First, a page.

The names of The defaulters at the ballot for the Guilford election committee, on Thursday, were called over, and those who had no excuse to offer, were ordered to attend in their places on Tuesday, and in the event of there being absent without excuse on that day, to be taken into the custody of the serjeant at arms.
§ Mr. Perceval
took occasion here to say, that he did not look upon what was stated from any particular side of the house on cases of this kind to be the law. He should take the liberty of exercising his own judgment on every individual ease till the house should have pronounced upon it. On the occasion on he had been a defaulter, he had been in attendance at the bar of the house of lords, in the discharge of his professional duty. It was not for him to say whether that would be, in the sense of the house, an excuse; but he wished to know from the sense of the house whether his absence was criminal in such cases. He was unwilling to depend on what might be the sense of one side of the house or of any individual.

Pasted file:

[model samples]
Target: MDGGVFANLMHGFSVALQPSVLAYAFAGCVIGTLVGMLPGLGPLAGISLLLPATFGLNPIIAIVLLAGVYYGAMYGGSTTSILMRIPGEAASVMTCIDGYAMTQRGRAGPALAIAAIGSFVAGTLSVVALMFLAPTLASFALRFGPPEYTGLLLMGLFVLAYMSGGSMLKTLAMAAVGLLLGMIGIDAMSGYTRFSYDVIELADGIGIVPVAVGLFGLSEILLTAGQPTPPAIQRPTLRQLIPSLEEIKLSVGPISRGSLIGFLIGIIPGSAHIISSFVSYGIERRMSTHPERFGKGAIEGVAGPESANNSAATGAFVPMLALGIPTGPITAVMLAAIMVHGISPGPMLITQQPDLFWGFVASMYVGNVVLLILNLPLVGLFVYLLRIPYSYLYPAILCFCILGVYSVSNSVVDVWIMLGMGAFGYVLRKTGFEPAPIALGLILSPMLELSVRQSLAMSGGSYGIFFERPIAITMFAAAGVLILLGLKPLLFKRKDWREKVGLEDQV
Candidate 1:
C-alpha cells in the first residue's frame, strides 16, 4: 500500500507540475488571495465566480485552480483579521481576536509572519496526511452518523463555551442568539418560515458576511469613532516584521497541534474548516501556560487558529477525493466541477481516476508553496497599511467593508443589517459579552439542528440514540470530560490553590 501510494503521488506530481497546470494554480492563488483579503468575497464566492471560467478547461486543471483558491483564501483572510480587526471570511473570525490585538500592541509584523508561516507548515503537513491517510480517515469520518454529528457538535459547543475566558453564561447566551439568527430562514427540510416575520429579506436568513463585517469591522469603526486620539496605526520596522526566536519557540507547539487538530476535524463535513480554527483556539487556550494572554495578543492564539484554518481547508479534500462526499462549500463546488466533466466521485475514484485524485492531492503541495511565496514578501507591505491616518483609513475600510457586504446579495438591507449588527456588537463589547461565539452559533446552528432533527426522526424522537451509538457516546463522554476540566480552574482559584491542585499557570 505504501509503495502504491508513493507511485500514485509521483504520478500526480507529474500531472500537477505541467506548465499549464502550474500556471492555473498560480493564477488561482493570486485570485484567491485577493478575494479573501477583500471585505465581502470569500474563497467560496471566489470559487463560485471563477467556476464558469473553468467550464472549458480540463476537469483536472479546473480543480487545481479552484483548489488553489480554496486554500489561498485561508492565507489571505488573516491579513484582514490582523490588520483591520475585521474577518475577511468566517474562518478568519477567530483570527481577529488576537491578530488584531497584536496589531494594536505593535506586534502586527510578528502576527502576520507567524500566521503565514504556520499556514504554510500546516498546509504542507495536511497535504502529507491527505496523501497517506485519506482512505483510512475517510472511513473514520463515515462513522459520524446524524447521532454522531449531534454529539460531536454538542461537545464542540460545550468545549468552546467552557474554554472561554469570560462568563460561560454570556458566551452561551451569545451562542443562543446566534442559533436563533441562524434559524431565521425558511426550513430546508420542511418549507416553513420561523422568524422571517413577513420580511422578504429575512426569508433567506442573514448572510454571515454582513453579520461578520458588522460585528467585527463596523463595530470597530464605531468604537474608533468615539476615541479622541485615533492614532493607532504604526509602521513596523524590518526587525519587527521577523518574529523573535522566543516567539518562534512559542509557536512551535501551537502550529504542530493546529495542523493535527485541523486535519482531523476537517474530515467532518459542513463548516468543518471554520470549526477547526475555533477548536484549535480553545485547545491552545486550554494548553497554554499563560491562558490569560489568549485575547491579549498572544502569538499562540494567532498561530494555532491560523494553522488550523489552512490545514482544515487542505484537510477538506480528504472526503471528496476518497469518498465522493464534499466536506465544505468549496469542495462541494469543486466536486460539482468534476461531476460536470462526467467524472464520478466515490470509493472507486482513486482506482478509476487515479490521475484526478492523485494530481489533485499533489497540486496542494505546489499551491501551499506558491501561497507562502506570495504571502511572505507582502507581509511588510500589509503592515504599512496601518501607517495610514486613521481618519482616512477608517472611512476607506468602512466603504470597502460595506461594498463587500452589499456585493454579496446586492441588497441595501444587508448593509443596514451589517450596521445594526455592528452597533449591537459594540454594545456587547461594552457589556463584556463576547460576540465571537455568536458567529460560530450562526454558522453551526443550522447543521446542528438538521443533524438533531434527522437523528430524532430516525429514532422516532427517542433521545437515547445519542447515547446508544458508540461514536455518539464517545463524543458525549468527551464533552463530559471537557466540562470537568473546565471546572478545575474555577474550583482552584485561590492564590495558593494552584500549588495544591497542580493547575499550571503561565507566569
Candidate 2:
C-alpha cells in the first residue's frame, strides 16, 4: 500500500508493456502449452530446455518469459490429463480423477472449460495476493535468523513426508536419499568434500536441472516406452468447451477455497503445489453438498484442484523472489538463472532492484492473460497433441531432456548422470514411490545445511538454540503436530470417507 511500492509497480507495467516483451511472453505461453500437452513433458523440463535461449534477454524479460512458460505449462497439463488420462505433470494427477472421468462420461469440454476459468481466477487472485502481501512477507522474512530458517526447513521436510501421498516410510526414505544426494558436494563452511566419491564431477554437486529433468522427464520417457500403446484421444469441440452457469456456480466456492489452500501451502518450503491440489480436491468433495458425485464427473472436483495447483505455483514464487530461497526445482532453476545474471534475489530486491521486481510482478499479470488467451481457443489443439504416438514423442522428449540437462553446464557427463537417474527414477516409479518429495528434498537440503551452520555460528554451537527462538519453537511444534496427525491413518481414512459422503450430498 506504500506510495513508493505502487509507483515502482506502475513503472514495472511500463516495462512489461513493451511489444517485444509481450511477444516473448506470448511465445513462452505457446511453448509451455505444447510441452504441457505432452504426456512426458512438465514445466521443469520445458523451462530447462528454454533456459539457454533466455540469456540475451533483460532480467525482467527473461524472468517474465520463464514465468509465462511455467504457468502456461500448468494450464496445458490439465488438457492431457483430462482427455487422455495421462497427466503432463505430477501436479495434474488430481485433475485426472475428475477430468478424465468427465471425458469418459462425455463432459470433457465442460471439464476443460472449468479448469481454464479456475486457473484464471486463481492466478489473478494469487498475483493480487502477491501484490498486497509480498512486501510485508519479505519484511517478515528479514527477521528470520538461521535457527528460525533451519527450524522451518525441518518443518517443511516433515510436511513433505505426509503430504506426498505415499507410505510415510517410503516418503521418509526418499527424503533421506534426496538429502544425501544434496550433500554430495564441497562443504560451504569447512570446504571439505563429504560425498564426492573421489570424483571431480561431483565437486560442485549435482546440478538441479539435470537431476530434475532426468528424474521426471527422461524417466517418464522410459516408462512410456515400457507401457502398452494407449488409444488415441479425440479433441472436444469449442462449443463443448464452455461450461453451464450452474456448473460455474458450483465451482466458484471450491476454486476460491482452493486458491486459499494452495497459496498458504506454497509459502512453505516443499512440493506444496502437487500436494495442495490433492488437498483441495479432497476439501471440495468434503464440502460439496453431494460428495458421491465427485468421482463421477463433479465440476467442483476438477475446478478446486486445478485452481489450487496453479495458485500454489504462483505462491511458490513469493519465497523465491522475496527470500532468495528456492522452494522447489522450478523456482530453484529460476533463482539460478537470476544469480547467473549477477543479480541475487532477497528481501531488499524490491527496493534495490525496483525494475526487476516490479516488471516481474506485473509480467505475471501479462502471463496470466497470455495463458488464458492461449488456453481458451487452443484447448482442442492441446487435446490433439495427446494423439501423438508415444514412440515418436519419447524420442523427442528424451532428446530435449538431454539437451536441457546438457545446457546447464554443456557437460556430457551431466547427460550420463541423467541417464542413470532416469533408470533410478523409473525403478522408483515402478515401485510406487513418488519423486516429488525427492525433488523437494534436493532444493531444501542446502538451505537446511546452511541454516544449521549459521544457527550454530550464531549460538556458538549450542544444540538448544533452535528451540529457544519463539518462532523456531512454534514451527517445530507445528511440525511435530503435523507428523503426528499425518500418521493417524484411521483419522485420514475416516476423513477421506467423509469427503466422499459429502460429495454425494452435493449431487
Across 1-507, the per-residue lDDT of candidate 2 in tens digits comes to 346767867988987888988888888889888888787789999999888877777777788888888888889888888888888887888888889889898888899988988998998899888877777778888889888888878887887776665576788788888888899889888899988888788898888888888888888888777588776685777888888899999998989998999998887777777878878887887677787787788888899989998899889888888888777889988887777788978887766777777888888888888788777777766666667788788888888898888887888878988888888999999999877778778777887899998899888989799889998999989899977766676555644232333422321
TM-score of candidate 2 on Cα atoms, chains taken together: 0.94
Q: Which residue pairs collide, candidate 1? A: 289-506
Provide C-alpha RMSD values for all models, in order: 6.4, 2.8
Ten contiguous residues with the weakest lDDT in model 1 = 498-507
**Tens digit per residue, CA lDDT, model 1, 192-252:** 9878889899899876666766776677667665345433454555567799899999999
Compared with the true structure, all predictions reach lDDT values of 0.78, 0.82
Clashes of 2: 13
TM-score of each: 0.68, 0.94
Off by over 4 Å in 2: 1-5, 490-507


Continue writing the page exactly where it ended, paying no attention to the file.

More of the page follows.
§ The Speaker
stated, that it was the law of the house, that defaulters should be taken into custody. The order now made was but a notice that this law would be enforced.
§ Lord H. Petty
said, that this proceeding of taking defaulters into custody was, as had been stated from the chair, the law of the house. But it was open to the house to exercise its judgment on every individual case, and either to enforce the law, or dispense with its enforcement, upon sufficient excuse, or at its pleasure. But it was to be understood that, generally, it would be enforced, and that was the reason for making it a particular order on every particular occasion.